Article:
What role does ethics play in experimentation? What are some of the ethical issues associated with John B. Watson’s conditioning of phobic responses?
As I read about Watson’s experimentation of Little Albert, I did not care so much that they scared the child senseless, but that they didn’t fix the problem when they were done. Systematic desensitization could have been used to alleviate the child’s association with rats and scary things (i.e. noise). Who knows how this could affect the child when he got older. It could lead to some major phobias of rats and such. Experimentation should never have lasting results on any human patient or participant. On the other hand, animals are not held to the same standards. I mean, Watson blinded, deafened, and deadened these poor animals so he could find out if they learned the maze through some other perception (i.e. kinesthetics). It is difficult for me to sit here today, benefiting from this knowledge, and point the finger at Watson and say you are a bad guy. For if we were to “give back” all that we know about humans through comparative psychology we would indeed lose a large section of educational psychology, industrial/organizational psychology, and behaviorism at large. Does the end justify the means? I guess, for me, that would depend on how many human lives were saved or improved as a result of the research in question. That would be my litmus test.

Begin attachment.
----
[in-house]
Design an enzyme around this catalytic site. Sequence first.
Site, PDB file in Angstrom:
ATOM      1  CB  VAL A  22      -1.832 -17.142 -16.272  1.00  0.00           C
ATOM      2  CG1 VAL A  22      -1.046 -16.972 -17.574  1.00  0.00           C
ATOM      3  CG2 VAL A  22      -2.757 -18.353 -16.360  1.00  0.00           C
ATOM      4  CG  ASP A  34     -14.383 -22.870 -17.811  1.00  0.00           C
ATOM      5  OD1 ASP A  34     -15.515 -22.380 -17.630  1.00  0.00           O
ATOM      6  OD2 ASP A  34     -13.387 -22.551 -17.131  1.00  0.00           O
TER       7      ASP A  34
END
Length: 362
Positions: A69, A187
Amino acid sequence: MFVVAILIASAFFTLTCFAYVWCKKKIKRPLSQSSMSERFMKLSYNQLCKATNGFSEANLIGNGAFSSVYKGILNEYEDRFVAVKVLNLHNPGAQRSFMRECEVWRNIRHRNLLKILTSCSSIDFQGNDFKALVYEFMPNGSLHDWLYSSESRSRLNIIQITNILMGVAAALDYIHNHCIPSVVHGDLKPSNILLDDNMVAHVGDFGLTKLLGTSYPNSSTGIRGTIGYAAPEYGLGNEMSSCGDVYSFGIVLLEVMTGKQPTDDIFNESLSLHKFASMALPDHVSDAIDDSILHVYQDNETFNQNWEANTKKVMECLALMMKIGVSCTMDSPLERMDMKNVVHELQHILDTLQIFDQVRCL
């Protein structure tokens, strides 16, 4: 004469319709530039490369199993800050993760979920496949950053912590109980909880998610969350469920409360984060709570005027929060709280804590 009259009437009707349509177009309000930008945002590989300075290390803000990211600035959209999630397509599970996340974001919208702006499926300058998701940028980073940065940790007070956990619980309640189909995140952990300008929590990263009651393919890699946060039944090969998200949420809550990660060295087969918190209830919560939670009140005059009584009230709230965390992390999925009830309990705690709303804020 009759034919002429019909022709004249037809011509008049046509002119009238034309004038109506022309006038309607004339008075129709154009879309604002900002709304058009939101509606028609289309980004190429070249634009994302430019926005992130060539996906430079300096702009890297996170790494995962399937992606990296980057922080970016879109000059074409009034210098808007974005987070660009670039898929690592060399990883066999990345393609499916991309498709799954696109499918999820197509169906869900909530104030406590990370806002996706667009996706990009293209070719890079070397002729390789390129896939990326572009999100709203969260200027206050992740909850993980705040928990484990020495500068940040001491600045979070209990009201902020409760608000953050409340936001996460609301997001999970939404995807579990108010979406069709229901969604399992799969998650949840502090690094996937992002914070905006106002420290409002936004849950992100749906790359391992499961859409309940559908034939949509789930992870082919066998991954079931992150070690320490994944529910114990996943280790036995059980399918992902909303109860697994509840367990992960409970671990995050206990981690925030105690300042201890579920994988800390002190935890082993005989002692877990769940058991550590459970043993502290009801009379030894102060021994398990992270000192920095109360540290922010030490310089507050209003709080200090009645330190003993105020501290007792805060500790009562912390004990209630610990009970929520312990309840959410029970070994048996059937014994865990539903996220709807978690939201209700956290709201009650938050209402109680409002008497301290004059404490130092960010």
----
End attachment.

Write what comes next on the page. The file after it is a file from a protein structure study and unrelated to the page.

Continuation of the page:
Goodwin, C. J. (2005). A history of modern psychology (2 nd ed.). Hoboken, NJ: Wiley.